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Gleeful Evil: Seven of the Cruelest Movie Monsters

A Nightmare on Elm Street 3: Dream Warriors

Movie monsters come in literally all shapes and sizes. While they’re a crucial part of the horror genre, the very thing that reels us in at a young age, most of them are actually fairly sympathetic. We relate to the Universal classic monsters for the most part. We feel their pain. They’re misunderstood outsiders and that’s something a lot of horror fans can identify with.

But every now and then, we like to find a monster that’s just an absolute bastard. It’s easier in realistic slashers & serial killer movies. Usually, that’s the kind of place where a monster who revels in evil gets their chance to shine. Supernatural creatures don’t always have the pure evil bent you’d expect.

Of course, there are exceptions. And those are what we’re going to be looking at in this list. These are villains based firmly in the realm of science fiction or the supernatural, but ones who take absolute delight in what they do. They go about their work with sheer menace and glee. You can try your best to put them down, but you’re not going to break through to their human side

Chucky

Now, Chucky shows a wide range of emotion and even might care about one or two people in his life. So that almost kept him off the list. But, at the end of the day, he still has absolutely no regard for human life. He’s self-serving. He loves what he does. He might care about Tiffany, but I don’t think he’s ever felt bad for taking a life. Including hers.

Chucky, Andy, and Kyle in the Good Guys factory in Child's Play 2

Pumpkinhead

 You wouldn’t think Pumpkinhead would necessarily make the list, but I think there’s an absolute relish in what he does in the original film. When you think about it, Pumpkinhead is every bit of rage and hatred toward someone you’ve ever felt has wronged you. He’s all of that, personified. There are no other human qualities to him. And in the movie, there’s a glee to what he’s doing. He’s not just hurting these people, he wants it to last, he delights in tormenting them. That’s an impressive thing for an animatronic monster to convey.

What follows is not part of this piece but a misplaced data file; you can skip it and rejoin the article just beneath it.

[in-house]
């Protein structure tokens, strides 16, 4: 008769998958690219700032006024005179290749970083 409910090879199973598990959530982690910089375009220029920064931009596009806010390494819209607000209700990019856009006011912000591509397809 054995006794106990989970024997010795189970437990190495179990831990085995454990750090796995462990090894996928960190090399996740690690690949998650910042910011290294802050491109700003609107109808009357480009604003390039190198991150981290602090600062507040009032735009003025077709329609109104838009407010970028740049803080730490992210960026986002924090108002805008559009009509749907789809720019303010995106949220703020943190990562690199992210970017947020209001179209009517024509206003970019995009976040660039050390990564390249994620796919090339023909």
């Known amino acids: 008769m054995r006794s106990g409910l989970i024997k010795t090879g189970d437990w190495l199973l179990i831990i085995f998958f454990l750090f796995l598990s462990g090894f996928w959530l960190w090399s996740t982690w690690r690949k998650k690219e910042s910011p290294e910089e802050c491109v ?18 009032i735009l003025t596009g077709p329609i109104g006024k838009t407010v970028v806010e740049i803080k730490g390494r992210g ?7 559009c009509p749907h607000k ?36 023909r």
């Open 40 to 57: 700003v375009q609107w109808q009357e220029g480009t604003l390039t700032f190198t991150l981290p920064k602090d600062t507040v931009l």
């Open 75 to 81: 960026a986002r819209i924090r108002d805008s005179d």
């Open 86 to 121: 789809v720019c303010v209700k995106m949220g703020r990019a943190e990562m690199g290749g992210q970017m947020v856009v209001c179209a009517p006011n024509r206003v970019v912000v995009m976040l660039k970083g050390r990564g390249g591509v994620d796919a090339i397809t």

Pumpkinhead IIDracula (Christopher Lee)

Other incarnations of Dracula have taken a more romantic bent. But Christopher Lee’s portrayal of Dracula in the Hammer films is a more primal, evil approach. He’s still regal, he still commands a room with his presence, but there’s something feral and animalistic about him at the same time. It’s easy to believe that this man was a warlord in a former life. Instead of sensitive and romantic, this Count is cold and domineering.

The House of Dracula also known as Dracula directed by Terence Fisher.Pennywise

Pennywise, or really It in general, just wants to eat children and maybe take over the universe. It feeds on fear, It exploits and manipulates everything you’ve ever been afraid of. Takes your most private thoughts and spits them right back out at you in a twisted, often perverse way. It’s about as evil as evil gets. Taking the form of a clown simply to terrify children with a familiar image is a perfect example of that.

IT Clown PennywiseThe Invisible Man

All of the other Universal Monsters are sympathetic. Even Dracula has that tragic sense of longing to be truly dead. But then there’s the Invisible Man. Sure, he didn’t choose to be like this, but he’s an absolute bastard. He’s a crazy terrorist who wants to do whatever the hell he can now that he knows he can get away with it. I love that the movie is basically about breaking down social conventions by asking “what would you do if you knew you wouldn’t get caught?”

Claude Rains as Jack Griffin in the Invisible Man.Freddy Krueger

Freddy is one of the most gleefully evil monsters in modern horror. He gets off on torturing, manipulating and killing others, especially the young and innocent. He was a child murderer before he was ever a demented dream demon. Freddy’s one of the best examples of thinking what would happen if amazing abilities were given to the worst possible person.

Renny Harlins A Nightmare on Elm Street 4.The Tall Man

The Tall Man is death itself. He couldn’t care less about anything or anyone, even his one target—Mike—is clearly for some specific purpose that only he could possibly know. He wants to turn the world into a wasteland and there’s no real way to stop him. All you can do is delay him for awhile. What might be the scariest thing about him, though, is even if our band of heroes ever did find a way to stop him for good, I don’t think he’d care.

Phantasm II 1988 - Angus Scrimm

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Written by Nat Brehmer
In addition to contributing to Wicked Horror, Nathaniel Brehmer has also written for Horror Bid, HorrorDomain, Dread Central, Bloody Disgusting, We Got This Covered, and more. He has also had fiction published in Sanitarium Magazine, Hello Horror, Bloodbond and more. He currently lives in Florida with his wife and his black cat, Poe.
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